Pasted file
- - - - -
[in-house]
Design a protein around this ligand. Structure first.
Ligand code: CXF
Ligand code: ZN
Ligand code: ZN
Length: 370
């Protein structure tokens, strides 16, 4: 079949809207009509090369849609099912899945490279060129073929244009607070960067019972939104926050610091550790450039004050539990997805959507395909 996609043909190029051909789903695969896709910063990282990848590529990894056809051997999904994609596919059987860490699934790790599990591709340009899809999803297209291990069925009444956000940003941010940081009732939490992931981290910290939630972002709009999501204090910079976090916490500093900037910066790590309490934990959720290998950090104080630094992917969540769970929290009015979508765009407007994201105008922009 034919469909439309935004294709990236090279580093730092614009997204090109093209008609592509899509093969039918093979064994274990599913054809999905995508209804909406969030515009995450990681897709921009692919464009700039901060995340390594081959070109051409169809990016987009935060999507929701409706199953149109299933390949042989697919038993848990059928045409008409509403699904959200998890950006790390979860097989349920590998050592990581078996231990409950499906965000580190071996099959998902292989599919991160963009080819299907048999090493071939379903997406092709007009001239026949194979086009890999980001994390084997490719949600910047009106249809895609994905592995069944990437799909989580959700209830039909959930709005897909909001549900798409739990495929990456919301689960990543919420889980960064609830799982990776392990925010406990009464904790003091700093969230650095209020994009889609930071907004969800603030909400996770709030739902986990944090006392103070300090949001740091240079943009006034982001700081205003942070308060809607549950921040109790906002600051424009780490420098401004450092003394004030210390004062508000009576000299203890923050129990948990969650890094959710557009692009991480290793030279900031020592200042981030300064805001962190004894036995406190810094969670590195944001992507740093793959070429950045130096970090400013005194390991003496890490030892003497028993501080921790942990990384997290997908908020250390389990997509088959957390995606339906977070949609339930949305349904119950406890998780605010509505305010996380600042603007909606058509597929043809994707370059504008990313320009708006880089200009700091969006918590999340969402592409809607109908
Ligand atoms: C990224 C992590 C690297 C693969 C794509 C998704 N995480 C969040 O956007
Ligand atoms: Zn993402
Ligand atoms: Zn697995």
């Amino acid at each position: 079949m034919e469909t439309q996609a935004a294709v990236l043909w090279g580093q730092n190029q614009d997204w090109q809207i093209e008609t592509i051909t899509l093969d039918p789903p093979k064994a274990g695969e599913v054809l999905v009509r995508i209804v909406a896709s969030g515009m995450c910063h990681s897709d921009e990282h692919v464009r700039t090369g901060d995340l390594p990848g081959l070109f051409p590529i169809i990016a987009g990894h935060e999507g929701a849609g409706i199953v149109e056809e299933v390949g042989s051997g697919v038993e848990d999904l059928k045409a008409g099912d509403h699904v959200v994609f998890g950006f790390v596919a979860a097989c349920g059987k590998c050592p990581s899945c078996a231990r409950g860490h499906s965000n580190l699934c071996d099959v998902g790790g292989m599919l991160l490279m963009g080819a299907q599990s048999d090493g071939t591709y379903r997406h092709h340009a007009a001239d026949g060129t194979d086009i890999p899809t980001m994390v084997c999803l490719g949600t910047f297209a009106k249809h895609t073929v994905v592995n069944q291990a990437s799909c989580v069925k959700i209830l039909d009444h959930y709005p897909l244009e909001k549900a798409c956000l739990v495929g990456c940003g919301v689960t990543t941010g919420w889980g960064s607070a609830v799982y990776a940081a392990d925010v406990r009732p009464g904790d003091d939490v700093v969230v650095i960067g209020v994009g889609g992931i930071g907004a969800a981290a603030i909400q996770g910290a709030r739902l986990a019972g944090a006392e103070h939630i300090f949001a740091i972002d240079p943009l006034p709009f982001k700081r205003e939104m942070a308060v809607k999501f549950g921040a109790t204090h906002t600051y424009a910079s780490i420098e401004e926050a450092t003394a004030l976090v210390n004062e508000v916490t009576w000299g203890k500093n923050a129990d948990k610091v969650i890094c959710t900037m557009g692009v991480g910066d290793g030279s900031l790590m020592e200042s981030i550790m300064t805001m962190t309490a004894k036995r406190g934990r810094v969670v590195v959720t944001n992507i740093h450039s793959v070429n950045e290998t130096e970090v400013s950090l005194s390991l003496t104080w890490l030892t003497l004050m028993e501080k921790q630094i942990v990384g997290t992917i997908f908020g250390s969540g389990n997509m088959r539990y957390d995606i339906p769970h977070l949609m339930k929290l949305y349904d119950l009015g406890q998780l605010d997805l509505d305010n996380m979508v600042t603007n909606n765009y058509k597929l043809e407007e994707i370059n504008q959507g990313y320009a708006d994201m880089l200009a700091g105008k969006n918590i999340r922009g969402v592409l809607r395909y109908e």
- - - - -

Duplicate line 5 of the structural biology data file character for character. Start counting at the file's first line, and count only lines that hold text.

Ligand code: ZN